Are some of your evergreen trees and shrubs looking like shredded wheat: brown and crispy?
Chalk it up to our harsh winter, which was especially hard on conifers, causing widespread browning and bleaching of needles.
“We’re seeing quite a bit of damage out and about,” said Jeffrey Johnson, woody plant specialist for the Minnesota Landscape Arboretum. “Pines, in particular, took it hard, and also some of the spruce.”
The condition is called winter burn, and it occurs because of water loss.
Winter winds cause moisture to evaporate at a time when the tree can’t take up water to replace it because the ground is frozen. Evergreen foliage buried under snow is usually protected from damage, according to the University of Minnesota Extension Service, while plant parts above the snow line are more vulnerable.
“It’s really spotty; we don’t see a great pattern,” Johnson said. “We’re also seeing a lot of damage along highways,” caused by spray from road salt. “There was a lot of snow this year, and the salt tends to mist up and drift,” he said. “But some trees that aren’t near highways don’t look real good, either.”
This year’s snow tended to be on the “dry and fluffy” side, rather than wet, which also contributed to dry conditions for evergreens, Johnson said.
Needles that are brown and crispy now will not re-hydrate and turn soft and green, but new growth may still fill in, as long as the tree is not completely dead, according to tree experts, who advise patience and caution before pruning or removing brown trees.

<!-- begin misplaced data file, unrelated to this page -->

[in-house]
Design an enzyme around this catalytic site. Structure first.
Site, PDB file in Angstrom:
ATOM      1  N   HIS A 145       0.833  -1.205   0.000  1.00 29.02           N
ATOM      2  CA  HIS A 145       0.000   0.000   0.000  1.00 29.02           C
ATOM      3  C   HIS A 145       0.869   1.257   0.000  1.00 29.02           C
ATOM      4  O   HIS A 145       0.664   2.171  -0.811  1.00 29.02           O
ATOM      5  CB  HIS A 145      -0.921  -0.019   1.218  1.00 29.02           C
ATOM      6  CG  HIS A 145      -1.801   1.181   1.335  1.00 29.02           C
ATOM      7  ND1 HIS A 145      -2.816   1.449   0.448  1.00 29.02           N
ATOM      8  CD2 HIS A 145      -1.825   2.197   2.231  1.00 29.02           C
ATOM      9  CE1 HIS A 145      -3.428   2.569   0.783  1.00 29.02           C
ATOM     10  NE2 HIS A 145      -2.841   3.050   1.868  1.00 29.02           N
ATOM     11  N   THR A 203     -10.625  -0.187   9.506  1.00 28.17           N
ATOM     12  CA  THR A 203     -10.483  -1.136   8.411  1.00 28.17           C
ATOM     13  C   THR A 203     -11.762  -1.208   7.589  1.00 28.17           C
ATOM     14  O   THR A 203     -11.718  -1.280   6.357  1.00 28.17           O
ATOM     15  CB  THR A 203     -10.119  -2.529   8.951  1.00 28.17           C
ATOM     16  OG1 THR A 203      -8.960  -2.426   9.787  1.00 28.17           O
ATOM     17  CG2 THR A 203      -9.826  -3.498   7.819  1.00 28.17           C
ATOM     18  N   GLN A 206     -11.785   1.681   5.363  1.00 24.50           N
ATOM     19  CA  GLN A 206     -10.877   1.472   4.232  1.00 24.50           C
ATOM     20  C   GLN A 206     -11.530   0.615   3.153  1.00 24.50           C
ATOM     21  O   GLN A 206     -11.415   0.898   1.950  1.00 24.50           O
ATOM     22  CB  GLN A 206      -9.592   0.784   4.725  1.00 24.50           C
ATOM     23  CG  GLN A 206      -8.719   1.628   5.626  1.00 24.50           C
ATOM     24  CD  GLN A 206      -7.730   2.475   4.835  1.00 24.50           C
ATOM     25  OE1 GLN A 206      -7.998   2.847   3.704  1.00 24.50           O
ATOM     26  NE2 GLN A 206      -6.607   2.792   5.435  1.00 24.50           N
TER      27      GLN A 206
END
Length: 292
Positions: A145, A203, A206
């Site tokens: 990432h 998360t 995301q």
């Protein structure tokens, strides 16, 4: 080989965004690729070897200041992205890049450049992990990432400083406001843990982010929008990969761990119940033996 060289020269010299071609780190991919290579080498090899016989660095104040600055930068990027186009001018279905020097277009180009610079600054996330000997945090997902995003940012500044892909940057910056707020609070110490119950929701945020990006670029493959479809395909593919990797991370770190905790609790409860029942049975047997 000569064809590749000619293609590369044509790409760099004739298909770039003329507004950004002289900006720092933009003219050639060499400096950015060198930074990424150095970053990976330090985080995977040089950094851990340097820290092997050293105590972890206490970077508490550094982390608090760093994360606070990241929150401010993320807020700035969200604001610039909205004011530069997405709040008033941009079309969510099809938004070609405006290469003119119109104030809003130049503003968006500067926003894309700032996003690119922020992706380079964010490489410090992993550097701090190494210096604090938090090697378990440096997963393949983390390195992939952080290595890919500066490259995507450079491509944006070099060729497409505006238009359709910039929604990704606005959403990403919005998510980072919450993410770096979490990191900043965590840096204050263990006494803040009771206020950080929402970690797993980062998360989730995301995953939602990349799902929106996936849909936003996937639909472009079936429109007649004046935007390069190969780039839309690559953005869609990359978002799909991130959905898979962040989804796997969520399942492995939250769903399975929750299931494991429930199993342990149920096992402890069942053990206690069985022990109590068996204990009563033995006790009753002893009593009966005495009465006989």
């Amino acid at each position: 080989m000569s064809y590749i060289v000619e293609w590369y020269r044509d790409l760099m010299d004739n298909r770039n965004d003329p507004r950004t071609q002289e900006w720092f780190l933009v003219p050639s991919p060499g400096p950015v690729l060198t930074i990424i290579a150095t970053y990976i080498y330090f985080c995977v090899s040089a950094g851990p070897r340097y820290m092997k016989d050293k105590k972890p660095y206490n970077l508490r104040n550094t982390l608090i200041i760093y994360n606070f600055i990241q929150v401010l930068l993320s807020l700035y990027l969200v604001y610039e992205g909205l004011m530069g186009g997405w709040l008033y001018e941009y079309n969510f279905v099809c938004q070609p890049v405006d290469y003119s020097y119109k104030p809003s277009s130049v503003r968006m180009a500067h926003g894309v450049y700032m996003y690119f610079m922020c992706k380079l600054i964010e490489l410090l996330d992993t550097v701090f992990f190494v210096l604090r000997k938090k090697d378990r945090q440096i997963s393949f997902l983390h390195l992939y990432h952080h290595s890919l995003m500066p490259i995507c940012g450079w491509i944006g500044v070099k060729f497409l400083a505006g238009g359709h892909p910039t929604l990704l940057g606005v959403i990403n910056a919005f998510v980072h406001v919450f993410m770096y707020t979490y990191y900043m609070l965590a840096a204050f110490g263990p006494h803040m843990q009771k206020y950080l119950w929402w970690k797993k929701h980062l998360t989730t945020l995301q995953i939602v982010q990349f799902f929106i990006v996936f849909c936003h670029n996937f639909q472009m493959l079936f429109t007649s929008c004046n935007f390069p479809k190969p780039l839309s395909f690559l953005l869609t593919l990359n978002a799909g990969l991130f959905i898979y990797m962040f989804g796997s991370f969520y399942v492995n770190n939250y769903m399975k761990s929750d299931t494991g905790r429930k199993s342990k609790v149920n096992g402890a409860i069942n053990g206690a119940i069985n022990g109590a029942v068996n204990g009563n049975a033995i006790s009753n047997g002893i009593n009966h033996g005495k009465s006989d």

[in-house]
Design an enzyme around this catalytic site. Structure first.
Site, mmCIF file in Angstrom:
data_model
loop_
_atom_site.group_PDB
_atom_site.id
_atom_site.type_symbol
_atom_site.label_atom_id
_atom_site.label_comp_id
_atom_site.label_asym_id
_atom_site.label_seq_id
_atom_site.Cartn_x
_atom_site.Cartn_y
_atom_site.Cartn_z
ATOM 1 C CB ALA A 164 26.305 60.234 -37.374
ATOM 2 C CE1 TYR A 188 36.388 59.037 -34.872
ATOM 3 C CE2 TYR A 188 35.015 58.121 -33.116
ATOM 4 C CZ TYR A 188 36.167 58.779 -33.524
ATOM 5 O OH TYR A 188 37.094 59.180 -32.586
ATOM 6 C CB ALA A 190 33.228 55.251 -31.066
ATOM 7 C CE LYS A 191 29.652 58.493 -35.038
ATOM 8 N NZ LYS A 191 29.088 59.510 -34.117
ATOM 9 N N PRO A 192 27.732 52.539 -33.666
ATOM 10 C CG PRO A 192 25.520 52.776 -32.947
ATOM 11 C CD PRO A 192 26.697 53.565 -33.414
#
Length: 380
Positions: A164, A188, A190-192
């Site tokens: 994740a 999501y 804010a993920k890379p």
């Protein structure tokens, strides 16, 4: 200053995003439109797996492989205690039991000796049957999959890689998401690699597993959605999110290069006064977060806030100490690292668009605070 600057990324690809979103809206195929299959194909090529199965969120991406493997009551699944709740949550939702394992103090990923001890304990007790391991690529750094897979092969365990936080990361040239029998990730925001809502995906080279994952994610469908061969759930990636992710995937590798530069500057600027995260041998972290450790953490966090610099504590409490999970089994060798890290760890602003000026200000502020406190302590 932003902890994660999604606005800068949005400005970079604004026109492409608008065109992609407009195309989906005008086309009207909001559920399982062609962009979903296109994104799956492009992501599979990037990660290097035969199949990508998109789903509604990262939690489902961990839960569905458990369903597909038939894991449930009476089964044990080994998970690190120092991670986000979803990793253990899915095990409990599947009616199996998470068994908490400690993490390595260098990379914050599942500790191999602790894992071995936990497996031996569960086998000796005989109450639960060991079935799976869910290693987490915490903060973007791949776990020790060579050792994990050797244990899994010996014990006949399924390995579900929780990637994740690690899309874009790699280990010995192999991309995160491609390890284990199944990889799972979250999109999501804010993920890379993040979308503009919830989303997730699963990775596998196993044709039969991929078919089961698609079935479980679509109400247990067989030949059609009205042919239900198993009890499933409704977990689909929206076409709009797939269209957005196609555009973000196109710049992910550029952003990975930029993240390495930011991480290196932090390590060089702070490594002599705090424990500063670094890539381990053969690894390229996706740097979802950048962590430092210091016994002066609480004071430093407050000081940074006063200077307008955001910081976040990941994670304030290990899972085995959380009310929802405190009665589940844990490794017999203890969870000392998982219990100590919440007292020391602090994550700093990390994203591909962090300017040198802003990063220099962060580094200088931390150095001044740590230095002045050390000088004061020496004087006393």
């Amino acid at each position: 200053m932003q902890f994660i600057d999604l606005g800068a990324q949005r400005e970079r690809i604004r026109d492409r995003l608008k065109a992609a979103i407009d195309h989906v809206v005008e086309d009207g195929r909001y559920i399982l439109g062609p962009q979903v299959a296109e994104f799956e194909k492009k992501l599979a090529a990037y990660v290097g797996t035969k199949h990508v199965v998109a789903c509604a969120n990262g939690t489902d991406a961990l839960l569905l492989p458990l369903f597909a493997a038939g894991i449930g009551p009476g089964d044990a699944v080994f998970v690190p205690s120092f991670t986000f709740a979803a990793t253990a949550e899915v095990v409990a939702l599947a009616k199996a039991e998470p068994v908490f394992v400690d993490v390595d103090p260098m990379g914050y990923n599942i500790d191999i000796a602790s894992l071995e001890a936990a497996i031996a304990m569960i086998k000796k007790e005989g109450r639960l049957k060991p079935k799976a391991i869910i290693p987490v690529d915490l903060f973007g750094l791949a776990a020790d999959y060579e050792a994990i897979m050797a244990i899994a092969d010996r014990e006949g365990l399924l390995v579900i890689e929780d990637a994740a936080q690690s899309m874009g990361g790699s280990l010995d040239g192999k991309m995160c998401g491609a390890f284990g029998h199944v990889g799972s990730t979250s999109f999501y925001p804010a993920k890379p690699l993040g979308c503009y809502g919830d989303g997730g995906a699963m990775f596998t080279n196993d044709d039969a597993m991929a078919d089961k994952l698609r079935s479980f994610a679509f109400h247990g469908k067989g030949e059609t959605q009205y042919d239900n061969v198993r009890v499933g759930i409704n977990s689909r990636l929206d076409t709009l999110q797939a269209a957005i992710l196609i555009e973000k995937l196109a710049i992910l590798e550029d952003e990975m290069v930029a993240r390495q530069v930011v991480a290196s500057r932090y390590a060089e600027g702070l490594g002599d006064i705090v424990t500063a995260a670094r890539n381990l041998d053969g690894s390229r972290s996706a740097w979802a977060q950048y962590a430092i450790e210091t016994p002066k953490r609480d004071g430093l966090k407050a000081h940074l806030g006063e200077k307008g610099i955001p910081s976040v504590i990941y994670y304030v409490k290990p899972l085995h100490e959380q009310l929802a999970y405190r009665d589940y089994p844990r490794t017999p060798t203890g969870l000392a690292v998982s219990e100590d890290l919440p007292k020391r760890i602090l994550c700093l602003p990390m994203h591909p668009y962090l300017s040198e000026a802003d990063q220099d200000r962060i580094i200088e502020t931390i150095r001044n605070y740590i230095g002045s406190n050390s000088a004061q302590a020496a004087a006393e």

“If you take a smaller branch, and it’s still bending, leave it alone; let spring do its thing,” said Josh Plunkett, nursery inspector with the Minnesota Department of Agriculture and co-author of “The Complete Idiot’s Guide to Trees and Shrubs.” If the branch is so dry and crispy that it breaks right off, it’s probably dead, Plunkett said. If you’re not sure, you can contact the University of Minnesota Extension Service or a certified arborist. (The International Society of Arboriculture website offers searches by location, www.isa-arbor.com/findanarborist/findanarborist.aspx.)
With most brown evergreens, it’s probably a good idea to wait a few more weeks before pruning or removing.
“You really need to be patient,” Johnson said. “Once you remove it, you can’t put it back.”
Deciduous trees that are hardy for this climate should be fine, according to Johnson and Plunkett, although if you experimented with Zone 5 or other marginal trees or shrubs, you can expect to see some dieback.
If you want to help your brown trees, make sure they’re adequately watered, but not over-watered, and give them a layer of mulch — not too thick and not up against the trunk.
But resist the urge to fertilize, Johnson said. “Fertilizer is iffy. If plants are stressed, fertilizer can do some damage by inducing overgrowth.”